The police officers are also looking into the rape and murder of a student. The case draws comparisons to the cold case of Maura Hughes, a young girl who was rumoured to be having an affair with a teacher.

Through Jack’s suicide, Aisling becomes acquainted with his long-lost sister. A sister she never knew existed. The two women become increasingly concerned about the Garda’s assumption, this is a suicide. Jack had everything to live for.
So, who would want Jack dead?

Maude has returned from Australia and we learn she is now a woman of some considerable means. She is driven, determined and has a ruthless quest for justice.
The two women united by grief, won’t rest until they know the truth.

The novel covers various themes well documented in the history. But it does so, with such a personal touch, that you feel distraught at the plight of the young children. As you read on, you want them to have known love, peace and kindness in their adult lives. But life isn’t always fair, and an abused child is never promised a second chance.
A great novel with haunting historical references 5*

Dervla McTiernan

Anne Bonny #BookReview The Final Hour by @TheTomWood 5* #Victor #Assassin #Thriller @LittleBrownUK

The Final Hour by Tom Wood – Victor the assassin #7

From bestselling author Tom Wood comes a unique and gasp-inducing Victor thriller that turns all your expectations on their head . . .

Former CIA agent Antonio Alvarez has been tracking a vicious murderer for years, a nameless hitman responsible for numerous homicides.

Once, the Agency deflected him away from his search, but now promotion has given him a second chance to right the past.

Only problem is, the killer has vanished.

Thousands of miles away, the professional known as Victor has stopped working – recently he began to care; he made mistakes. But there’s another assassin, Raven, who needs his help – and she is hard to refuse . . .

My Review:

A ruthless hitman and a female assassin, this is one kick ass novel!

I was really looking forward to this novel and it was practically calling to me from the book shelves. Despite having a mountain of a TBR pile, I decided to give in to temptation. I am so glad I did. The novel is action-packed and grips you from the start. It had moments it reminded me of Kill Bill the movie and Hitman the game. Thanks to my big brother, I spent many hours watching him navigate the various missions on Hitman. The world of professional hired killers, is always going to be intriguing and this novel does not disappoint. Not on one single page!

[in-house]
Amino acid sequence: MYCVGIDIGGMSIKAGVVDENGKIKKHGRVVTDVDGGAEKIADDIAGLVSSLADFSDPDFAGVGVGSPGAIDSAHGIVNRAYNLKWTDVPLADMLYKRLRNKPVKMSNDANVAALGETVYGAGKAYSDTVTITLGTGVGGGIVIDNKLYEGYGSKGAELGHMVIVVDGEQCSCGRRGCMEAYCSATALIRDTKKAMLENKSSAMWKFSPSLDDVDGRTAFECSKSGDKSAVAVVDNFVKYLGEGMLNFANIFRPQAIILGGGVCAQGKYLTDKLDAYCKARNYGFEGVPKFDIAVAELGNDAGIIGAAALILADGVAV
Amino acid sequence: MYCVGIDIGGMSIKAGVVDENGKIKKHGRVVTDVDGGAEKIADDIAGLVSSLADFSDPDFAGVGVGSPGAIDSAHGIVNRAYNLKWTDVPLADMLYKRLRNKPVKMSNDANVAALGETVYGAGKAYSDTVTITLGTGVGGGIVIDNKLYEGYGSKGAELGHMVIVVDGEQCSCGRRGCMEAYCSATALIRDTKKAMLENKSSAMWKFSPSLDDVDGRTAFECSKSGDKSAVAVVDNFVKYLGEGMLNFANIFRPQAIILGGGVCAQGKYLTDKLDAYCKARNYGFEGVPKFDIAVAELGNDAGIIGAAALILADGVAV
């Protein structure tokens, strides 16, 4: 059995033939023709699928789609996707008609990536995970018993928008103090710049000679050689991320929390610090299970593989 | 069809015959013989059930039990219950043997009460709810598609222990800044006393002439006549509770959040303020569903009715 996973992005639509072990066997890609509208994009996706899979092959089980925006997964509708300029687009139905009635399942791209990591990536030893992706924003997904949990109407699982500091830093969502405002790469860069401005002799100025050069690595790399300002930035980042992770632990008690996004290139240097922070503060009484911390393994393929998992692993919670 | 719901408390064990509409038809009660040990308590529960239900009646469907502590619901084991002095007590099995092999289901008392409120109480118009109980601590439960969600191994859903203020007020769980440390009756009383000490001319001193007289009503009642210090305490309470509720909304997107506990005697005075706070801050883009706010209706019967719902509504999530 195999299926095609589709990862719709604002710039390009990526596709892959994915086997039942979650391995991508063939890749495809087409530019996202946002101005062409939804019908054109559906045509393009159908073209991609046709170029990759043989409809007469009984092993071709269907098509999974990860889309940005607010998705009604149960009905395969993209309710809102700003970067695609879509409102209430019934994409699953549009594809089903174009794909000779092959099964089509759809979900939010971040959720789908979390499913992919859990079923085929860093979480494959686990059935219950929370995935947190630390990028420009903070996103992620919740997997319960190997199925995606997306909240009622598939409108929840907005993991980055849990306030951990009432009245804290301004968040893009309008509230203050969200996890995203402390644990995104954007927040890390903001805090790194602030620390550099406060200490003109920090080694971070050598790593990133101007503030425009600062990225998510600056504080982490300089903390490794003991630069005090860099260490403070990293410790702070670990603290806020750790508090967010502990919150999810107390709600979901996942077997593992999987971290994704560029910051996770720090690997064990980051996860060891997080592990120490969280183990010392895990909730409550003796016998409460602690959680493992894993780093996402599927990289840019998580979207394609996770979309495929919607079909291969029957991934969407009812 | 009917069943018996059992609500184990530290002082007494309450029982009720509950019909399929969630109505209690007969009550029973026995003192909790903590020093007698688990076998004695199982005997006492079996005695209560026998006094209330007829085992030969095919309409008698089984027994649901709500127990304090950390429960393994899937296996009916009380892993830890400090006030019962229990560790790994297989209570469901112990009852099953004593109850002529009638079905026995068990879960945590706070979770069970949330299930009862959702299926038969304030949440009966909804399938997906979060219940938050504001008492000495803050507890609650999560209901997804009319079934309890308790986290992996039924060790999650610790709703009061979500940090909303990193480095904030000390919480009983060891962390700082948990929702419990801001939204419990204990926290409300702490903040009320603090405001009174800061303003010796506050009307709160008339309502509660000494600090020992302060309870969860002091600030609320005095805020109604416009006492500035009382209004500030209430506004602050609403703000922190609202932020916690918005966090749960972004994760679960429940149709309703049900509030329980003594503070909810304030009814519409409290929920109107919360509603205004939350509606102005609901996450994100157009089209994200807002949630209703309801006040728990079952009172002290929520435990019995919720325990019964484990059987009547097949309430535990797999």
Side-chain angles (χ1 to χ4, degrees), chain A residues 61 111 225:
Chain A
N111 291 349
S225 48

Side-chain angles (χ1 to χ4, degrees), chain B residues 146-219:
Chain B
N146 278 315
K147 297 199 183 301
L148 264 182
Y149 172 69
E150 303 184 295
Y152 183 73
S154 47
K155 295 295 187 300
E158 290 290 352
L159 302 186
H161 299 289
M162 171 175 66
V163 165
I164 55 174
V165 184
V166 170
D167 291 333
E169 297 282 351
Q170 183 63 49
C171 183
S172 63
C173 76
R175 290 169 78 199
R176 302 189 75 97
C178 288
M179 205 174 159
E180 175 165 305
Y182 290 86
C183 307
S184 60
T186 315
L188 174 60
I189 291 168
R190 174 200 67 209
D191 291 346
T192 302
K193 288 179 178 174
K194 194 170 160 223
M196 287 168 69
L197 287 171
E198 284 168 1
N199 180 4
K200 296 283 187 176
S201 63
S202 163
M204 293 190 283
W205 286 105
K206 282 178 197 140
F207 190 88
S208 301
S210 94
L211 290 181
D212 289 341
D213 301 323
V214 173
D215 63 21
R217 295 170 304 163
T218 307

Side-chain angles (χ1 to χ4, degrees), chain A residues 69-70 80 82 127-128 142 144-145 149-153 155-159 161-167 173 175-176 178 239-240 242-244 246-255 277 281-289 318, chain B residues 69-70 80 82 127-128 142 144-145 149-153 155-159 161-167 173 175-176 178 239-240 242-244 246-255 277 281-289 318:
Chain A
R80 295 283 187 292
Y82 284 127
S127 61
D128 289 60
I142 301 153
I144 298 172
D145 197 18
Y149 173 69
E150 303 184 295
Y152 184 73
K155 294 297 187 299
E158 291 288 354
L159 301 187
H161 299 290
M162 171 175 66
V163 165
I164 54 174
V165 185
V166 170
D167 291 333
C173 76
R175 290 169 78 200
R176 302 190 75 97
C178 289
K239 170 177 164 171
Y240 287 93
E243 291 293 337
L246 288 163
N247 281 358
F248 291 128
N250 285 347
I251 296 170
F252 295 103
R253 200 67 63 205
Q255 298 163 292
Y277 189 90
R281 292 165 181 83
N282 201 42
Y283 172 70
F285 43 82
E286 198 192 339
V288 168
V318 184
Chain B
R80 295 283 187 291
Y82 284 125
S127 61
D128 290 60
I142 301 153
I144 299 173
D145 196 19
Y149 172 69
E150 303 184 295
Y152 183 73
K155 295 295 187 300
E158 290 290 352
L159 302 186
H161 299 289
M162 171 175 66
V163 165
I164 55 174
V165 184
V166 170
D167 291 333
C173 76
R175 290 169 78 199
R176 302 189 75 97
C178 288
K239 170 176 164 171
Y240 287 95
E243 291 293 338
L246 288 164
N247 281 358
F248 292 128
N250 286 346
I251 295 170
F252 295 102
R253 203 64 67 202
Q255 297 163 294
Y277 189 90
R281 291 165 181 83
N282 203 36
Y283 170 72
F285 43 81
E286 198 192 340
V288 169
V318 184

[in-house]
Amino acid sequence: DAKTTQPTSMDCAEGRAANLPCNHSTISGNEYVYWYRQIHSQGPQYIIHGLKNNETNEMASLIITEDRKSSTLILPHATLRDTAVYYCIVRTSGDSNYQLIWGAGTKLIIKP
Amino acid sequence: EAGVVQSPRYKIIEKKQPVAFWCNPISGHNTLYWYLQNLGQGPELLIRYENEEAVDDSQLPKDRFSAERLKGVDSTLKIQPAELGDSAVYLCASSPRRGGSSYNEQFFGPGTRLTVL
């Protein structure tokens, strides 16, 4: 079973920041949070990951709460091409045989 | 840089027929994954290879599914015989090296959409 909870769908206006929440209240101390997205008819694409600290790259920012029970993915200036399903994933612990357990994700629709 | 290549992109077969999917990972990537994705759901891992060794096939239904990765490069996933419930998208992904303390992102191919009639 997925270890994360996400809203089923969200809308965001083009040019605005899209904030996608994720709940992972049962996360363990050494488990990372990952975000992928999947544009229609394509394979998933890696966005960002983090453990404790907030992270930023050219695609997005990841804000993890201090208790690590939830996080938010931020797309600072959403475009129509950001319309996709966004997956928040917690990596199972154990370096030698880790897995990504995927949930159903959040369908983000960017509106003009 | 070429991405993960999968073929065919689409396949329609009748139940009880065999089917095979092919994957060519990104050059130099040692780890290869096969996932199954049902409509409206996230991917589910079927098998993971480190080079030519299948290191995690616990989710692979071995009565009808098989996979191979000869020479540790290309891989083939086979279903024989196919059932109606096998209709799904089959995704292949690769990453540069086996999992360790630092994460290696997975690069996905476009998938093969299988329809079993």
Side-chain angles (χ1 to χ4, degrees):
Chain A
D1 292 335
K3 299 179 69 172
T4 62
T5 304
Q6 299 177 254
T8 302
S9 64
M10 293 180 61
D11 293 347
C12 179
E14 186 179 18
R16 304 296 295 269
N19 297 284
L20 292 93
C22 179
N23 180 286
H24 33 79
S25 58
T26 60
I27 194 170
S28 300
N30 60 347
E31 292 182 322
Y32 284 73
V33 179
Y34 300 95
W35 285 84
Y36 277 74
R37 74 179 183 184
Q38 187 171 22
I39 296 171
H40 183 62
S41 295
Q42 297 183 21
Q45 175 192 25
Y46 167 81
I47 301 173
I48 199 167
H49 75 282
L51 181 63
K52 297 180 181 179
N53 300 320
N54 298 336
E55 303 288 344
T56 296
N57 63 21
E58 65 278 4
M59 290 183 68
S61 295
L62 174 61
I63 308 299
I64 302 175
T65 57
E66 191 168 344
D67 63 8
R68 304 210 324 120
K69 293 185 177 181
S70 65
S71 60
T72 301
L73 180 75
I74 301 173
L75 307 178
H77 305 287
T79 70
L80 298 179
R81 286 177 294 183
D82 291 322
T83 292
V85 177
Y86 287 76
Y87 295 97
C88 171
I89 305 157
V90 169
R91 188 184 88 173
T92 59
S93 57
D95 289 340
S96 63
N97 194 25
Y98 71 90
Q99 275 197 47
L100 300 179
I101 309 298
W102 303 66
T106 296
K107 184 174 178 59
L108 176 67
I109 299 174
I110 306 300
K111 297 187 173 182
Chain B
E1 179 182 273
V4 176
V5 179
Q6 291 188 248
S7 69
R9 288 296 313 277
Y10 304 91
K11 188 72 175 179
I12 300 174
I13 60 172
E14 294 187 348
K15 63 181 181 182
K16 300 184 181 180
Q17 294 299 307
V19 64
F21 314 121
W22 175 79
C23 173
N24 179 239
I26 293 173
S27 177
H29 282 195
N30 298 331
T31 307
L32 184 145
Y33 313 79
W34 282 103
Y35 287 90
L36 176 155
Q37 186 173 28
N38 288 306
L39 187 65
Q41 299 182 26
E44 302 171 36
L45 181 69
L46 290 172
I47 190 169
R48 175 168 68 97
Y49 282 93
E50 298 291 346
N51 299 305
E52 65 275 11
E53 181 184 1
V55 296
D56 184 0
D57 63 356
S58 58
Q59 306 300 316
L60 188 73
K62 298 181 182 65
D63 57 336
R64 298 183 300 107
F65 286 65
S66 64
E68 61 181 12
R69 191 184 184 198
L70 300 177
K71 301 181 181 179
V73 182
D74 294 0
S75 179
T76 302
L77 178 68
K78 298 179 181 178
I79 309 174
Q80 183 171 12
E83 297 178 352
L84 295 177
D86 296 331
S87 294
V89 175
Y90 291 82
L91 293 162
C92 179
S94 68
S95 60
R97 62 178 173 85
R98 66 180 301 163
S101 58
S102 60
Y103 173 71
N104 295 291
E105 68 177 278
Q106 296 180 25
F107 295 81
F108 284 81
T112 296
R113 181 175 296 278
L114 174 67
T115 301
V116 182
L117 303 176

The novel opens with a man in a rural church in County Cork, Ireland. It is a small village community but this evening a man walks in to make a confession. . .

‘Forgive me father, for I have sinned. It’s exactly one year since my last confession’

The unknown man confesses to multiple murders. It is at this point I started to wonder if the whiskey drinking priest, would make it out of this chapter alive!

In alternate chapters we are introduced to a woman, in hospital over-coming a recent neurotoxin poisoning. Brought in, dead on arrival she has had to claw her way back to life. She is weak and suffering physical pain due to effects of the poison. We come to know that this woman, isn’t just any woman. She is Constance Stone aka Raven a former government operative turned rogue agent. Raven receives some flowers marked with the phrase ‘We’ll always have Coney island’. She knows they have come from the man who offered her a lifeline. She also knows escape from the hospital is her only option. . .

The novel has characters with great character depth. From Raven’s determination to stay alive and keep fighting to the details of Victor being accomplished in MMA. The author has formed some brilliant detailed charters that stay with you.
As Raven deals with the Canadian police officers Heno and Willitz. We learn from her internal thought about the ‘consensus’ a group of rich powerful, morally bankrupt and utterly ruthless individuals. They form a shadow government. Meanwhile in Ireland a shaken priest stares into the dark eyes of Victor.

‘He saw no conscience in Victors eyes to appeal to; no humanity; no mercy; no pity’

The novel jumps forward to a year later. With Alvarez forced to quit an operation. He is angry, and his anger sets him on a path for vengeance.

Victor and Raven are both approached for potential jobs. But when you’re a hired killer who can you trust? It suddenly becomes clear that for life as professional, paranoia keeps you alive.

Raven is still struggling with her symptoms, even a year after the poisoning. When she is threatened, suddenly the hunter becomes the hunted. . .

‘You need to know that we’re never going to give up. You’re never going to be safe. We’re going to keep looking and we’re going to find you again’